These pharmacies have more than 112,000 contractual relationships with more than 8,000 340B covered entities. About three-quarters of these covered entities are disproportionate share and children’s hospitals.
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For the past few years, these companies have dominated contract pharmacies.
- Walgreens remains the dominant 340B contract pharmacy participant. Nearly 8,000 Walgreens locations act as 340B contract pharmacies. The chain therefore accounts for more than one-quarter of all locations. More than 80% of all Walgreens locations are now 340B contract pharmacies.
- CVS continues to increase its participation in the 340B program. The company has added more than 1,900 locations over the past 12 months. This means that half of all CVS locations are now 340B contract pharmacies. The company’s growth has been facilitated by CVS Health’s acquisition of Wellpartner, a provider of 340B contract pharmacy services.
- The other major retail chains—Walmart, Rite Aid, Kroger, and Albertsons—account for more than 6,000 additional 340B contract pharmacy locations. Thousands of independent pharmacies and small chains participate, too.
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In upcoming articles, I’ll examine pharmacy benefit manager (PBM) and specialty pharmacy participation in 340B. I’ll also delve into how hospitals are using their in-house specialty pharmacies to increase 340B profits.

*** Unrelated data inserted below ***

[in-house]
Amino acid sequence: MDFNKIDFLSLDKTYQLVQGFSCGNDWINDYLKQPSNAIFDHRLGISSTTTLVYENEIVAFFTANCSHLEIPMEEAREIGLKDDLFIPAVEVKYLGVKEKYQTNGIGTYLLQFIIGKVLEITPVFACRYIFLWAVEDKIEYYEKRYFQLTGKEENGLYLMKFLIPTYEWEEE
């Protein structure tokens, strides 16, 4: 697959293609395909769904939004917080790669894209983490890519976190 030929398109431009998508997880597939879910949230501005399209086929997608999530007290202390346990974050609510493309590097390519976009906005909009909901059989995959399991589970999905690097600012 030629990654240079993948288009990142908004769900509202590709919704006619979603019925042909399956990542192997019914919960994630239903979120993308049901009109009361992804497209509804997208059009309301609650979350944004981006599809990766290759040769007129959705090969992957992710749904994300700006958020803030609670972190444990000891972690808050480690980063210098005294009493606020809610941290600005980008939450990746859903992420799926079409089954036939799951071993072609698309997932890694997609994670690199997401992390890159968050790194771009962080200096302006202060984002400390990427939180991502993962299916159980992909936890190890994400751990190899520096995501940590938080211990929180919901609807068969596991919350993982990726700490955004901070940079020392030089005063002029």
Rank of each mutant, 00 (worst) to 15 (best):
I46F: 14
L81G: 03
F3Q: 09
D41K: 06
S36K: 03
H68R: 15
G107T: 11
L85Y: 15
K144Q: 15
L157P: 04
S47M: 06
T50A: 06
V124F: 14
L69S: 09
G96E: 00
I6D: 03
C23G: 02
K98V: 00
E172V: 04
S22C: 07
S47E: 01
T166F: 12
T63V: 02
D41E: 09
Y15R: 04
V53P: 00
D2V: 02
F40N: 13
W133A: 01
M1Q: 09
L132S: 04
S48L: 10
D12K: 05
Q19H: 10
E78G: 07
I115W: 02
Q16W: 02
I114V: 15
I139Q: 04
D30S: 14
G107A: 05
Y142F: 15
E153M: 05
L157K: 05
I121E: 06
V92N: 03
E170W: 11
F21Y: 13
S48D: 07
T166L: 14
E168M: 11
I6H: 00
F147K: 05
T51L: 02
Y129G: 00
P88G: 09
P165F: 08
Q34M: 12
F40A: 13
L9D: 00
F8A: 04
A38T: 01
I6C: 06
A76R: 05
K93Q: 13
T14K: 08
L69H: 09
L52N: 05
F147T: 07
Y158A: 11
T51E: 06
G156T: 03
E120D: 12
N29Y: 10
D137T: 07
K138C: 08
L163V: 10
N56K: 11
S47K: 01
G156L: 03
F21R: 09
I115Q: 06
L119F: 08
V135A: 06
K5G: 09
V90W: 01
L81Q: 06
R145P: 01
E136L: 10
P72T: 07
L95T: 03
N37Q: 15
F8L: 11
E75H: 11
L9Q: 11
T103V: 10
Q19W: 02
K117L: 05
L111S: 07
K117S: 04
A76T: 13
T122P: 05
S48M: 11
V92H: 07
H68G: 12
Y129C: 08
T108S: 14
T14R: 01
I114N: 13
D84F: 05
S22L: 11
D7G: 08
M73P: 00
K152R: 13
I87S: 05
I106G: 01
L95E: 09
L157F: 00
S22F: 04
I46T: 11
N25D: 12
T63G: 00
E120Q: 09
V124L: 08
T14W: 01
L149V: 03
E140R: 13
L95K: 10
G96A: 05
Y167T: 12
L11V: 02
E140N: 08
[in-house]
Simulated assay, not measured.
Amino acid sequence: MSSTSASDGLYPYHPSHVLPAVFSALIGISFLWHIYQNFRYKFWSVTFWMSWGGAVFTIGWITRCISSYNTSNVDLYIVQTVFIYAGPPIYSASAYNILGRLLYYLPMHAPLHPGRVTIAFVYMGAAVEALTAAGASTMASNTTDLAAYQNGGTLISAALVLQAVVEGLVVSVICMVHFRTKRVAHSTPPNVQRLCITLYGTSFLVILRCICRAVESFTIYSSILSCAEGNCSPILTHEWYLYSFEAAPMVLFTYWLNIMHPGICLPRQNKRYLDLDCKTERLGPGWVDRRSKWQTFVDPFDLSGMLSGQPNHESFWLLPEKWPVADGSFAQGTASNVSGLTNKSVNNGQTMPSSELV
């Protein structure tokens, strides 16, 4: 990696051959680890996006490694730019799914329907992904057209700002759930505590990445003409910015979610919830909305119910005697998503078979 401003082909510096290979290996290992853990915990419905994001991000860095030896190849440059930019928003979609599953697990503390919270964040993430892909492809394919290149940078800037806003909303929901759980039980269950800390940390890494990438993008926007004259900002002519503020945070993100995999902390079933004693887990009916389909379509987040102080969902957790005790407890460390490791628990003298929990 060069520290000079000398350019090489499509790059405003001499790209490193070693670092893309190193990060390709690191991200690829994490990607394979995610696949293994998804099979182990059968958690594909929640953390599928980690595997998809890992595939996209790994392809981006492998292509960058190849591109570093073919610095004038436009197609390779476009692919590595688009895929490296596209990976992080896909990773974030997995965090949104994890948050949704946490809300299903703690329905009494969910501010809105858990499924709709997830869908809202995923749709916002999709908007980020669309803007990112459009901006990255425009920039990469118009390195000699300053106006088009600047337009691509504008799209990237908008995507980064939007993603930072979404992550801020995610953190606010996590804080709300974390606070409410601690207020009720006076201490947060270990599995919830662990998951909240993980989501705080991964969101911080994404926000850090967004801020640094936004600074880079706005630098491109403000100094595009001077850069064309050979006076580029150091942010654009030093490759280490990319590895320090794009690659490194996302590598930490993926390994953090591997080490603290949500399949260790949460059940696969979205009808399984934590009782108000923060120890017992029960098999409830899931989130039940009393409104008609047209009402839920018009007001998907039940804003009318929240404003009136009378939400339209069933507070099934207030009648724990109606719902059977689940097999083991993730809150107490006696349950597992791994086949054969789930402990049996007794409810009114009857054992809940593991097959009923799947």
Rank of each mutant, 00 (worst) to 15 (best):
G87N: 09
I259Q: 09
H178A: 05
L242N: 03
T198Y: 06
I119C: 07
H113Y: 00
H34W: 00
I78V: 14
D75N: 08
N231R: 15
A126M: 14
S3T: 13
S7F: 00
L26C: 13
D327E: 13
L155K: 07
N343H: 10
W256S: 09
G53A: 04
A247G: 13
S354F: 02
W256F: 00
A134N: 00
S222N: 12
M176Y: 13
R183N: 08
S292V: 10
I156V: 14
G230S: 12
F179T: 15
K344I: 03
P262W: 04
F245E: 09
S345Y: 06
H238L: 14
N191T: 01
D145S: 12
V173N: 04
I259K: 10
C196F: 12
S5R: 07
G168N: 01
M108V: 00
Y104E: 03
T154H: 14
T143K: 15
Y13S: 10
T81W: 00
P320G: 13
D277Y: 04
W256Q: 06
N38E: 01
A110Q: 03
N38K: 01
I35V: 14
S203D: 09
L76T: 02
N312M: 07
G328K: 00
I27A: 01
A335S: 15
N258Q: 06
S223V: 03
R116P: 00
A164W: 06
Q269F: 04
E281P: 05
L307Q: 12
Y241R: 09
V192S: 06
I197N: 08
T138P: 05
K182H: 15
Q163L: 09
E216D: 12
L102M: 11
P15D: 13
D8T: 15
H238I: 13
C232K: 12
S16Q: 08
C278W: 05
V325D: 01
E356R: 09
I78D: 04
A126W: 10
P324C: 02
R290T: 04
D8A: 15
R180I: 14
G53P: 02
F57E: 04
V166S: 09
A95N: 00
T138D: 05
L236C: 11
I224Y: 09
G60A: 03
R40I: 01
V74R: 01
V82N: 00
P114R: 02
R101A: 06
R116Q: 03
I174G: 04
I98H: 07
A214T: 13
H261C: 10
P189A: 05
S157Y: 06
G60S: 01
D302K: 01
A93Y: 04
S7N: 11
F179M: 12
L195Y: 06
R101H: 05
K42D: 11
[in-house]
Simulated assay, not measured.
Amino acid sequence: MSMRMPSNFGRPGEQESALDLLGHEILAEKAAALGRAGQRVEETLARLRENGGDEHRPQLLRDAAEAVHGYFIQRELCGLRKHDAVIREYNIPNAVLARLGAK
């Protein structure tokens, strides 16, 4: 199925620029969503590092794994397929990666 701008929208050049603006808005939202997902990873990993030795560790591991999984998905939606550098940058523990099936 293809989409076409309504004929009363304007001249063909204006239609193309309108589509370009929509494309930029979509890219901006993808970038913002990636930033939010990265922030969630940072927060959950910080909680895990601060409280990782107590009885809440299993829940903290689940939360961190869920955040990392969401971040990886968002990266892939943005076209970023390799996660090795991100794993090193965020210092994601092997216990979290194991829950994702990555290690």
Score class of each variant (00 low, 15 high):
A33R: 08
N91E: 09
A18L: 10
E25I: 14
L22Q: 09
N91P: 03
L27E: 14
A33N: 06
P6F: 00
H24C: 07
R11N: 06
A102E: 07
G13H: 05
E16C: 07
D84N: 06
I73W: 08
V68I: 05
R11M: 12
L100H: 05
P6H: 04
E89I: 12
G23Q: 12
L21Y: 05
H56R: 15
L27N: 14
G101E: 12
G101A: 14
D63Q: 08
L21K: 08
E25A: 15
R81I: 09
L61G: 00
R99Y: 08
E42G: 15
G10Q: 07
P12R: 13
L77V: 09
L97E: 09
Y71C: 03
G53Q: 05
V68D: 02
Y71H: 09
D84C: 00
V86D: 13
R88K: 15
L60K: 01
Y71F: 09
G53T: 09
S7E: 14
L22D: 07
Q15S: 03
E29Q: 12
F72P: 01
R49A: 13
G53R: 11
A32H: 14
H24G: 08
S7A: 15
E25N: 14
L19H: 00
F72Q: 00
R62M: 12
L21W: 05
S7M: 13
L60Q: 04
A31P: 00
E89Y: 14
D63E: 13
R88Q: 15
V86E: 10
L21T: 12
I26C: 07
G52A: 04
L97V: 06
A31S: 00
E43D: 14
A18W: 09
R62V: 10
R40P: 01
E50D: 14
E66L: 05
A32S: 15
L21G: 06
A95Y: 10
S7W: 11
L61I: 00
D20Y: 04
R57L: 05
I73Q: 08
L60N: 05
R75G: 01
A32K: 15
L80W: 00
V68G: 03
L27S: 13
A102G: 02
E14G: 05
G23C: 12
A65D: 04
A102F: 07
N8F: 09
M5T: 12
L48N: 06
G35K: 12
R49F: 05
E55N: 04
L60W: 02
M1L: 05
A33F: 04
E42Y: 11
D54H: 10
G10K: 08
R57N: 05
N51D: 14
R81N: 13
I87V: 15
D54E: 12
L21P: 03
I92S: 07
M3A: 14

The 340B program's sales have grown to become almost as large as the Medicaid program’s outpatient drug sales. According to data provided to Drug Channels by HRSA, purchases under the 340B program have tripled since 2014. Details here: New HRSA Data: 340B Program Reached $29.9 Billion in 2019; Now Over 8% of Drug Sales.
However, 340B lacks Medicaid’s regulatory infrastructure and controls. There’s no requirement that the discounts provided under the 340B program be utilized appropriately, no fair market value standards for pharmacies’ fees, no limit to the size of a contract pharmacy network, and zero transparency into the profits earned by billion-dollar, public companies.
That’s right. HRSA hasn’t bothered to issue guidance or notices on these and other crucial topics. Its inaction has enabled profiteering by public pharmacy and PBMs.
What’s more, HRSA has effectively conceded that it can’t enforce its guidance. The recently launched HHS Guidance Repository contains numerous guidance notices from HRSA. However, the repository contains disclaimers stating that the documents “do not have the force and effect of law and are not meant to bind the public in any way.”
Perhaps that’s why Lilly recently began limiting distribution of certain Cialis formulations. (Click here to read the notice.) External 340B contract pharmacies will no longer be able to dispense brand-name Cialis on behalf of covered entities. This move makes sense given that there are more than a dozen generic versions of Cialis on the market.
Lilly’s actions forced HRSA to acknowledged that its contract pharmacy guidance is “not legally enforceable.” D'oh!
The 340B program continues its unbridled takeover of the pharmacy industry. Considering the dollars involved, I’m skeptical about the prospects for appropriate legislative and regulatory reform of the 340B program. Only a direct legal challenge to HRSA’s irresponsible and incomplete oversight will get 340B on track.